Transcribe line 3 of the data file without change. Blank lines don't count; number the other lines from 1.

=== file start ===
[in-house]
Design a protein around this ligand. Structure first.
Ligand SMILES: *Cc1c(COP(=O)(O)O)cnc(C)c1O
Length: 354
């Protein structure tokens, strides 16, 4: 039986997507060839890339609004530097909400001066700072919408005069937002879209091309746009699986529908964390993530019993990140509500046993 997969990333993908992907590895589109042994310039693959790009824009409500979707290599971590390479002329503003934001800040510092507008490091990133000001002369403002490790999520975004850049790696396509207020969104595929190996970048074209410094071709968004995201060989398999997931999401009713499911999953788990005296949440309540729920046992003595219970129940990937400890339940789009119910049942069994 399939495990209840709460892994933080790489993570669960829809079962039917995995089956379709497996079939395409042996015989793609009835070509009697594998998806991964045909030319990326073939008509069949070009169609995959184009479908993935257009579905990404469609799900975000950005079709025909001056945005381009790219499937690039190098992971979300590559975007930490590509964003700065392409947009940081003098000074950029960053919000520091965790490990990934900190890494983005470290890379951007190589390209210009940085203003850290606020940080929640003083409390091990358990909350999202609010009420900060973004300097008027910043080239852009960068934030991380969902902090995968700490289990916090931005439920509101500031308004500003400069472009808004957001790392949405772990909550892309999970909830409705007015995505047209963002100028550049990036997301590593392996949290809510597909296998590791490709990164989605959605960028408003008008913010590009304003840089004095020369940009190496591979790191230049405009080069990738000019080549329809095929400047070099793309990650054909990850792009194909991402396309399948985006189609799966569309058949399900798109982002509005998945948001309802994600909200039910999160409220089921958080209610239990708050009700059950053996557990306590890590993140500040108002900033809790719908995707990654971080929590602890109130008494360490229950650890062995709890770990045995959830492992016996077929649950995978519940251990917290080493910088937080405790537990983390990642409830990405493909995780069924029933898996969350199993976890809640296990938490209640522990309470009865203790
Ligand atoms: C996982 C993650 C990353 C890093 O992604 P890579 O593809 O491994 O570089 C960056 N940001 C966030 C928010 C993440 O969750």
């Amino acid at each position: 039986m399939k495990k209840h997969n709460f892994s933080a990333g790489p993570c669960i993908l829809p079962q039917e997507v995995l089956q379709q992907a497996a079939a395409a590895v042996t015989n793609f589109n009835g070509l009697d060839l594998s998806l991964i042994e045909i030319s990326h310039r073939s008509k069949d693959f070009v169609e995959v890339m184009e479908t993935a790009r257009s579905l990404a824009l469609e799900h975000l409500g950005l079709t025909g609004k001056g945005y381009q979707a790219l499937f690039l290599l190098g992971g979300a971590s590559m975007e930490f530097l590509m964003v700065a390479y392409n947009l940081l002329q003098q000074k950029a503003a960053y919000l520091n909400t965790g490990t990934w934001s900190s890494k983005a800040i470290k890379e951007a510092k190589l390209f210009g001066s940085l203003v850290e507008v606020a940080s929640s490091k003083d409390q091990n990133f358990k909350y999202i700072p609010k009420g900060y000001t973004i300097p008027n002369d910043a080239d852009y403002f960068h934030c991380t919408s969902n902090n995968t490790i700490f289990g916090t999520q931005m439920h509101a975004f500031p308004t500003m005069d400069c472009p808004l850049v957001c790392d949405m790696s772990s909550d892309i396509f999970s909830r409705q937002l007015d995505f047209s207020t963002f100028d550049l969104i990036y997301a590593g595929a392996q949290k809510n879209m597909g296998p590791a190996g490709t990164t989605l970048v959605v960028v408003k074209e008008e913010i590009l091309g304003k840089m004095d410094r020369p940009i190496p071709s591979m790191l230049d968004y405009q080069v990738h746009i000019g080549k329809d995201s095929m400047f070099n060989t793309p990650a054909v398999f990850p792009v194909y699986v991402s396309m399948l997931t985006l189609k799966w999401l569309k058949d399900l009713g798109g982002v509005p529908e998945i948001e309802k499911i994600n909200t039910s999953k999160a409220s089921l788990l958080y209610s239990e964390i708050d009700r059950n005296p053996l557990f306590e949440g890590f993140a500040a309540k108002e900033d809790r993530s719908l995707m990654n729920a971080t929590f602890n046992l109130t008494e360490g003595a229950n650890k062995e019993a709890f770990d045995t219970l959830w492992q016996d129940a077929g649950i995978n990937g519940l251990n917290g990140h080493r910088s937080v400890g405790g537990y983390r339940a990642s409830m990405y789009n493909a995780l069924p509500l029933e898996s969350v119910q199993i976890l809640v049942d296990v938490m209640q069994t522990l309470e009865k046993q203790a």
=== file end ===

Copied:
Ligand SMILES: *Cc1c(COP(=O)(O)O)cnc(C)c1O